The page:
Restoring data from computer data cassette formats #VintageComputing
Herb Johnson has compiled a comprehensive page on Computer Data Cassette Formats.
Audio tape cassettes of the 1960’s (developed by Phillips) were used with the first microcomputers of the mid-1970’s to store and reload programs. Several digital standards and circuits and programs were developed in the period. Personal portable cassette recorders were inexpensive, reliable, available; the circuits needed on the microcomputers were simple.
Into the 1980’s personal computers in mass-production continued to use cassettes, because of their cost advantage and simple digital hardware over floppy diskettes and drives.
Decades later, vintage computer owners and museums of computing technology are recovering the binary (and audio) content from these decade-old tapes. Many of these programs are games, and there is particular interest today by gamers in vintage computing.
Ed. note: Even the original IBM PC had a cassette port, although few people used it as it was for ROM BASIC only and not PC-DOS. More on Wikipedia.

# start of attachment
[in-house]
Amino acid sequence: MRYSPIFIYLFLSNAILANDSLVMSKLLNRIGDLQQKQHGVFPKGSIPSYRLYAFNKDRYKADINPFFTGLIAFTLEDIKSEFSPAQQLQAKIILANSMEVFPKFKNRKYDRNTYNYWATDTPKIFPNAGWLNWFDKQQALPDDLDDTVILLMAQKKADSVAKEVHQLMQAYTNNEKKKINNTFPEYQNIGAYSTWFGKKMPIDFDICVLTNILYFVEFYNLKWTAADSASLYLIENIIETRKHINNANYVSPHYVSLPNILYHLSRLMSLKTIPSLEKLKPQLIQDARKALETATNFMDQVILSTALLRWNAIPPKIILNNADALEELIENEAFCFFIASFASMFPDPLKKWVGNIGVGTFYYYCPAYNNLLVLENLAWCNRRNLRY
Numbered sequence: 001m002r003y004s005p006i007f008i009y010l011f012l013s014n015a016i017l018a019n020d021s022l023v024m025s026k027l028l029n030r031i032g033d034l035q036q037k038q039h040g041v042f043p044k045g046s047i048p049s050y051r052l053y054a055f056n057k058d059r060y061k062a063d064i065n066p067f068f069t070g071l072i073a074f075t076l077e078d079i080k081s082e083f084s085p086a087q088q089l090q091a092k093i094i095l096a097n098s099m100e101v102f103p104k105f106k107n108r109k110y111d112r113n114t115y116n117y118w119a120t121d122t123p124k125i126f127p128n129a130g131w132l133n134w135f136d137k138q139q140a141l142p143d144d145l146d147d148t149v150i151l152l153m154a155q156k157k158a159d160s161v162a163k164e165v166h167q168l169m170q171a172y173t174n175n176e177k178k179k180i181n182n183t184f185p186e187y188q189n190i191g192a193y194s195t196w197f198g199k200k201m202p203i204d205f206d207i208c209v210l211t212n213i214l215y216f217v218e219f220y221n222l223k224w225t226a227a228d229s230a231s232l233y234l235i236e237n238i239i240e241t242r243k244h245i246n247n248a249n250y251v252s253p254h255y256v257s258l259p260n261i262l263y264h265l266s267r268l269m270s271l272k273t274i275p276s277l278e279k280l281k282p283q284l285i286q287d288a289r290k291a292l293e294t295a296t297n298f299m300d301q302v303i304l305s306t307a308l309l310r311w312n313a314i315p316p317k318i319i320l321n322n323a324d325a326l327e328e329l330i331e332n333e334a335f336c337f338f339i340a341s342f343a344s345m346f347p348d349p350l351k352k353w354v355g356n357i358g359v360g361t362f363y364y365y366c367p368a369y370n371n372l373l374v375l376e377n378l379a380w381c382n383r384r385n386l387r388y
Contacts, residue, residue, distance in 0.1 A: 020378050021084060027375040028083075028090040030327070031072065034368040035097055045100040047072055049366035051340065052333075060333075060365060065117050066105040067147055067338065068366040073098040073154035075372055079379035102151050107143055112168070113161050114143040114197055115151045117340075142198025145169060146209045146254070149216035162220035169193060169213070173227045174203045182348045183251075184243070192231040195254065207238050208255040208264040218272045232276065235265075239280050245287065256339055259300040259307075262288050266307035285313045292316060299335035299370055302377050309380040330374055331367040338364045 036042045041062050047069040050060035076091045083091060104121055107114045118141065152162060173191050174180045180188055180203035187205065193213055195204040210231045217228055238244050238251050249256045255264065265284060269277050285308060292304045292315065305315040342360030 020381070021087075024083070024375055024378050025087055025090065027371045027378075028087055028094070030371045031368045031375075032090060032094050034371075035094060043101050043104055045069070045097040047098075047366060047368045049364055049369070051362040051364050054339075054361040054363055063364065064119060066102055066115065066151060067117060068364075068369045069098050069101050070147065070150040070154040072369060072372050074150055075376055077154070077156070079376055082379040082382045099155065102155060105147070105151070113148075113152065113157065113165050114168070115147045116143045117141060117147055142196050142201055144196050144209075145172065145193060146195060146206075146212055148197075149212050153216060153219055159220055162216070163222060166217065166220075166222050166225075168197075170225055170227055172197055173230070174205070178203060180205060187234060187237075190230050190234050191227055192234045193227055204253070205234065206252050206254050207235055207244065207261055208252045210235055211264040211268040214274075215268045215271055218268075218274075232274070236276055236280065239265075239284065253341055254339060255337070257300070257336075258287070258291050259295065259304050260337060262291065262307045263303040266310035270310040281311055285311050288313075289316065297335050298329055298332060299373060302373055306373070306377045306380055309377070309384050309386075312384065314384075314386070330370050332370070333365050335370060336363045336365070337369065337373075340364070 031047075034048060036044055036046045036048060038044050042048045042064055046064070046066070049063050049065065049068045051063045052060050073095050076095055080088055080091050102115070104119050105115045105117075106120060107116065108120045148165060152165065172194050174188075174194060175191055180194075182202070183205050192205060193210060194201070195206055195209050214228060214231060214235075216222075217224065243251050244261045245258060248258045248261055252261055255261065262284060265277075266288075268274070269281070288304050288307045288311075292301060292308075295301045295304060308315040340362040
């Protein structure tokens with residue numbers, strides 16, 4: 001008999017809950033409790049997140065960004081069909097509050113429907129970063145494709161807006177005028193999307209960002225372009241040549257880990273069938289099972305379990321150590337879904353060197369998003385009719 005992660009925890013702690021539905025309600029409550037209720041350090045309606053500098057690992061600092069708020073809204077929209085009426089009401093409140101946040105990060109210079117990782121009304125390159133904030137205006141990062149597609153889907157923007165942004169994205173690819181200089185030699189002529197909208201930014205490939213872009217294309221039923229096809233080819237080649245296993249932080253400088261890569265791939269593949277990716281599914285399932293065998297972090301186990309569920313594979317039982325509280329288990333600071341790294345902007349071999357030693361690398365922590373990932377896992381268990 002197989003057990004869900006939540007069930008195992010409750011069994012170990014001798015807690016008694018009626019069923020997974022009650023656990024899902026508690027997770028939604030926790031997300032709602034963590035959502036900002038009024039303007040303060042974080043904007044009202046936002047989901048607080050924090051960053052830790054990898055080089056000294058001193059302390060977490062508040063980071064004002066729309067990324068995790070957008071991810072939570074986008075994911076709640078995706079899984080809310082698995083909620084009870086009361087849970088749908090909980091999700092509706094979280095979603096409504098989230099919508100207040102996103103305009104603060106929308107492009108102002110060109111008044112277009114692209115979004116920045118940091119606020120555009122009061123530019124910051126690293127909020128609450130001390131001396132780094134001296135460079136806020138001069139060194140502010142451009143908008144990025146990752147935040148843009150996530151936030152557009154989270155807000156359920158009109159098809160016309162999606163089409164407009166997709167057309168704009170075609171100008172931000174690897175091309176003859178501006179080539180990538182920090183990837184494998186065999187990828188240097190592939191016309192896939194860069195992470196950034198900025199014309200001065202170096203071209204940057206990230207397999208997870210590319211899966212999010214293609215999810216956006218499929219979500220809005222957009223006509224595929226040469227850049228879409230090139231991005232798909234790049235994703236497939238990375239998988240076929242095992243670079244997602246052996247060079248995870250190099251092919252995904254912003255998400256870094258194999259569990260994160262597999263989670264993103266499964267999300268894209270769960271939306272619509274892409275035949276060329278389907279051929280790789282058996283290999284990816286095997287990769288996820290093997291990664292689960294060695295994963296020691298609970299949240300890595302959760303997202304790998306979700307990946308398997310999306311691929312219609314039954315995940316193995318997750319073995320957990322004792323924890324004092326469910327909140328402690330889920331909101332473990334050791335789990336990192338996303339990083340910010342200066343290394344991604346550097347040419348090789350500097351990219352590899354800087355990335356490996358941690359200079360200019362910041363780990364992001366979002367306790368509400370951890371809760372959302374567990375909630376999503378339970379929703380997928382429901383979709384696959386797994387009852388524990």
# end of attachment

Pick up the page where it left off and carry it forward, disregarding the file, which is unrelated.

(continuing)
Adafruit publishes a wide range of writing and video content, including interviews and reporting on the maker market and the wider technology world. Our standards page is intended as a guide to best practices that Adafruit uses, as well as an outline of the ethical standards Adafruit aspires to. While Adafruit is not an independent journalistic institution, Adafruit strives to be a fair, informative, and positive voice within the community – check it out here: adafruit.com/editorialstandards
Stop breadboarding and soldering – start making immediately! Adafruit’s Circuit Playground is jam-packed with LEDs, sensors, buttons, alligator clip pads and more. Build projects with Circuit Playground in a few minutes with the drag-and-drop MakeCode programming site, learn computer science using the CS Discoveries class on code.org, jump into CircuitPython to learn Python and hardware together, TinyGO, or even use the Arduino IDE. Circuit Playground Express is the newest and best Circuit Playground board, with support for CircuitPython, MakeCode, and Arduino. It has a powerful processor, 10 NeoPixels, mini speaker, InfraRed receive and transmit, two buttons, a switch, 14 alligator clip pads, and lots of sensors: capacitive touch, IR proximity, temperature, light, motion and sound. A whole wide world of electronics and coding is waiting for you, and it fits in the palm of your hand.
Have an amazing project to share? The Electronics Show and Tell is every Wednesday at 7pm ET! To join, head over to YouTube and check out the show’s live chat – we’ll post the link there.